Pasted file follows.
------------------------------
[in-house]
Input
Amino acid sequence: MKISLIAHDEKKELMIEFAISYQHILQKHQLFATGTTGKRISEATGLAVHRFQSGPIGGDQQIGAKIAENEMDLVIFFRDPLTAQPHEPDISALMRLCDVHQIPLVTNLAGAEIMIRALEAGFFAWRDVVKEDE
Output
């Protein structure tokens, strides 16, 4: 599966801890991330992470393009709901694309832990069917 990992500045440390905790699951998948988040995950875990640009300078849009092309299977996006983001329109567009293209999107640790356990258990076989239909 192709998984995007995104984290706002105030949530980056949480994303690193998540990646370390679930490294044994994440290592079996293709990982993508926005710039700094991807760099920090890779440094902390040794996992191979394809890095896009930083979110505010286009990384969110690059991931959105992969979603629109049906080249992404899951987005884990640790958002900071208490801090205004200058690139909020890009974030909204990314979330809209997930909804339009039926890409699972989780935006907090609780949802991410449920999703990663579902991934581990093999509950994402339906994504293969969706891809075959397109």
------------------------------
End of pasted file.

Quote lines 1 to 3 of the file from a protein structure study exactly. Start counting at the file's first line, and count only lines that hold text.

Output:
[in-house]
Input
Amino acid sequence: MKISLIAHDEKKELMIEFAISYQHILQKHQLFATGTTGKRISEATGLAVHRFQSGPIGGDQQIGAKIAENEMDLVIFFRDPLTAQPHEPDISALMRLCDVHQIPLVTNLAGAEIMIRALEAGFFAWRDVVKEDE